There seems to be an unending variety of constructive uses for drones, and they continue to be one of the most remarkable inventions of modern times. Whether they’re used for military purposes – as they were initially designed for – or for humanitarian purposes, the question remains:
Hi-tech pests or hi-tech blessings from above?
Experts predict that drones will go on to continue providing us with a cheap, easy to use and vastly versatile way of being able to gather data, from perspectives that we have rarely had access to before. Should we then be excited about the future of drones, or worried that these unmanned aerial devices that seem to be able to do so much, will eventually become tech pests? Let’s take a closer look:
Benefits of drones used for humanitarian and wildlife/crop preservation purposes:
It’s clear that if drones can be used to help in emergency situations – whether aiding rescue attempts or delivering supplies and medicines to areas unreachable on foot or by helicopter – it would be nonsensical to think of them as being tech pests, particularly with their potential to help save lives.
Take wildlife preservation as another example: the RSPB in the UK have been using drones to monitor endangered birds that lay eggs or roost in remote locations, and in countries like Africa, drones have been used to help locate, track and potentially deter, wildlife poachers. Again, difficult to see how this can be anything but a positive use of UAV’s.
And in Japan, drone technology is being used to develop a UAV that can reduce the need for harmful pesticides. Drones fitted with infrared and thermal cameras shoot targeted doses of pesticides where they detect congregations of insects that cause damage to crops, limiting the exposure of the crop to the harmful chemicals.
Difficult to find any negatives associated with the use of drones in any of these scenarios, isn’t it?
Advantages of drones used for military purposes:
In warzones and military combat, drones can save lives. A drone can take the place of a member of military personnel when in a combat situation, and greatly reduce the potential for harm to human lives.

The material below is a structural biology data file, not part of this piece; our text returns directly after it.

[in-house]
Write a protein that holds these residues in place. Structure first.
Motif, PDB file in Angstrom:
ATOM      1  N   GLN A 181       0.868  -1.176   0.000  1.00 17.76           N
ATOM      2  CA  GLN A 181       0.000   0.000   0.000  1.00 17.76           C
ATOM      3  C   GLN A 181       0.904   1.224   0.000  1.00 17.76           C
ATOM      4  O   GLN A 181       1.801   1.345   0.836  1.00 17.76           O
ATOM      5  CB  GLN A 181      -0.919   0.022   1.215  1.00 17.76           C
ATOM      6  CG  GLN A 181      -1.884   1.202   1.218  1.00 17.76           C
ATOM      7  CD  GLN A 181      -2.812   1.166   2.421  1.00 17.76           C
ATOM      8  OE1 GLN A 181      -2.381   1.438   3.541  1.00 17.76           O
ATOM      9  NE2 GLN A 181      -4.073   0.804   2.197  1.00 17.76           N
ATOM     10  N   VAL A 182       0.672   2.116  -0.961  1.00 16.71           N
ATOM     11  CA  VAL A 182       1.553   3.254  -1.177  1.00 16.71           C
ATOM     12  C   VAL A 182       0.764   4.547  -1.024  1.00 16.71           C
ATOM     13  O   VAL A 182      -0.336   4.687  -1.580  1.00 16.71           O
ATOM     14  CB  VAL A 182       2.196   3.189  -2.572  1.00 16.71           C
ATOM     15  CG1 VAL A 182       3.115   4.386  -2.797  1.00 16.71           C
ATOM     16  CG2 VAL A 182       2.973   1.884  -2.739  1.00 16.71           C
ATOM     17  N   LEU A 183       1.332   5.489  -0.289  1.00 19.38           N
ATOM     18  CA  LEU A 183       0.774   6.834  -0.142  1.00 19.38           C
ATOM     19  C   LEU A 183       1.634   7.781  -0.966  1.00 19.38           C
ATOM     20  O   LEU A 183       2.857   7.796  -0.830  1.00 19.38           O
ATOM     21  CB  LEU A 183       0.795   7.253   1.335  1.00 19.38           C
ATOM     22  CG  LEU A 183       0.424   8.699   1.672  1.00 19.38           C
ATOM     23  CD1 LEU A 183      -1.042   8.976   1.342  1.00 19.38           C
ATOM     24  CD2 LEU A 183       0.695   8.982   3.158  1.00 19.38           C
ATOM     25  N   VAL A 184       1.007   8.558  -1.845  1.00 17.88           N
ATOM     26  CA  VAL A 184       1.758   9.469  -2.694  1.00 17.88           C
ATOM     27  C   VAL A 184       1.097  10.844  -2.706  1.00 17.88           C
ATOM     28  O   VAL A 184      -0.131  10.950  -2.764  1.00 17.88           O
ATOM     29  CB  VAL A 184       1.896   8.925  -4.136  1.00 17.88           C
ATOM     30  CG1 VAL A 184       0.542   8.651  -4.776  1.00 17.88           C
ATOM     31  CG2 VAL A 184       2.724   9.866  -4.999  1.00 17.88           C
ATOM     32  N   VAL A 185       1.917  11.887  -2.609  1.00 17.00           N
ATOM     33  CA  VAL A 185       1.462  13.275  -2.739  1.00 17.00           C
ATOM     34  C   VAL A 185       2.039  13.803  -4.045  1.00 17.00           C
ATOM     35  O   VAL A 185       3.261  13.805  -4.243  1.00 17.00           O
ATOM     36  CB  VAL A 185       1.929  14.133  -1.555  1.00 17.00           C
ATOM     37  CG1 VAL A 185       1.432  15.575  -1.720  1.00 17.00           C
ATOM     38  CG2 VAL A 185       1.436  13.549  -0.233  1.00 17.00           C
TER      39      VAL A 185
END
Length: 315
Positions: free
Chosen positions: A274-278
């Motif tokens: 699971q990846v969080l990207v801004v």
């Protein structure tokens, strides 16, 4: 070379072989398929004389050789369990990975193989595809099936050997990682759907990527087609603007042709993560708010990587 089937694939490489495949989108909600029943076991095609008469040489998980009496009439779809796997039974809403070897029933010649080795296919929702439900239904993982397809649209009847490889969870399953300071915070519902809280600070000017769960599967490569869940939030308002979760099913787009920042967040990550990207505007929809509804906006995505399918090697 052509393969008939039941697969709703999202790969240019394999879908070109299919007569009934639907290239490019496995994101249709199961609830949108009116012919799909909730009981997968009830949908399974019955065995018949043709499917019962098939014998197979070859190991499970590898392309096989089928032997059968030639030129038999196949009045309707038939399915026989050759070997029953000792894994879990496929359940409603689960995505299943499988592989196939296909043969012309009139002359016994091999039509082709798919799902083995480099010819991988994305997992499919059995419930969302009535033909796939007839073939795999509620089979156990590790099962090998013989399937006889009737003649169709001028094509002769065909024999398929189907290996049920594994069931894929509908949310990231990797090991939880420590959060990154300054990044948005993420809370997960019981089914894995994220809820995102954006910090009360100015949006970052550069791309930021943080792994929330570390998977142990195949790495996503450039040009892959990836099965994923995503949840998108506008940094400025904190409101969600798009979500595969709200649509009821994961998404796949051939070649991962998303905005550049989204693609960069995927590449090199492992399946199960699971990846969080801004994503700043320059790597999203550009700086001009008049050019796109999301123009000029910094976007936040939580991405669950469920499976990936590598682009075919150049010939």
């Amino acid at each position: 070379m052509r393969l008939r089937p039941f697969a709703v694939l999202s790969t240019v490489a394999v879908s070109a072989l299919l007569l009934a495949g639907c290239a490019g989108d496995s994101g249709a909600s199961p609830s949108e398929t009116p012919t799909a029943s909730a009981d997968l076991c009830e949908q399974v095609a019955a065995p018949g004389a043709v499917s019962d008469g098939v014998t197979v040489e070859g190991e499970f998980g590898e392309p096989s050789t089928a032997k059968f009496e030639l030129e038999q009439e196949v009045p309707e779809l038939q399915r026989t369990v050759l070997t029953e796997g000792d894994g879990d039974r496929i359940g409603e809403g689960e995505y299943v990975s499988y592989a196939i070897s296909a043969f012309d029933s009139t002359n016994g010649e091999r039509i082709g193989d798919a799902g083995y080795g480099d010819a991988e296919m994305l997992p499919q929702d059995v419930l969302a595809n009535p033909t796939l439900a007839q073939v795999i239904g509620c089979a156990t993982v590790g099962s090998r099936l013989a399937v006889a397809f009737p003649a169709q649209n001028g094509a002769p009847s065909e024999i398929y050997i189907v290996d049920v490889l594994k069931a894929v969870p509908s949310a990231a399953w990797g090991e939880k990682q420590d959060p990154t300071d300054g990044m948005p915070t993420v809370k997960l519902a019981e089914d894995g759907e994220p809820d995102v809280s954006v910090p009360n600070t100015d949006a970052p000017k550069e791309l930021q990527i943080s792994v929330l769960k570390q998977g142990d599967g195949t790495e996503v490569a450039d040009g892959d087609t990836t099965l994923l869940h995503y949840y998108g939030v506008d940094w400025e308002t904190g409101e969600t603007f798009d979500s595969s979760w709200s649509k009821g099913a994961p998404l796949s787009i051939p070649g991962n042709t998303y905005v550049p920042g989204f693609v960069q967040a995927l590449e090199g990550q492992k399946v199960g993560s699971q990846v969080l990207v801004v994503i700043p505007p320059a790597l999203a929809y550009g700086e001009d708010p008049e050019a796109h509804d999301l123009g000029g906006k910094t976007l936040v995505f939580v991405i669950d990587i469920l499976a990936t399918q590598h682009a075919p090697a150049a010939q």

UAV’s are much cheaper to buy and run than traditional airplanes used in combat, and due to their size and ability to fly lower, the risk of damage to military hardware is significantly reduced.
Accuracy is also a significant plus side of using drones in warfare; since they can pinpoint accuracy from a far greater distance, they are able to minimise collateral damage to cicilians and infrastructure.
One other hugely beneficial aspect of a drone in a combat zone, is that it can be used to spy on the enemy and generally increase opportunities for surveillance, reconnaissance and general military intelligence.
Each of these points are hard to argue with, and referring to a piece of tech equipment that may save a soldiers’ life as simply a tech pest, is difficult to swallow. However, there are some documented cases of drones being a distinct disadvantage in military combat, as you’ll read below:
Disadvantages of drones used for military purposes:
While there can be little doubt that drones are ingenious inventions, in military circumstances, they do have their limitations, one of which is that they are unable to communicate with civilians on the ground, and cannot capture military personnel who may be surrendering.
Civilian losses are always a risk when drone warfare causes collateral damage to human lives and property, and their use has been known to be counterproductive in some regions of the world, particularly with those cultures who believe the use of drones to be a sign of weakness and of cold heartedness.
There is also the concern that with drone warfare being likened to combat style video games, ethical decisions are lessened, and their impact not assessed sufficiently.
Then there is the overwhelming concern among many, that drones will simply start removing the need for humans in many different industries and workplaces, and while this may be true in some cases, humans will always be needed to oversee them, and drones of course, need qualified and skilled operators.
Tech pest or tech godsend? We’ll let you decide.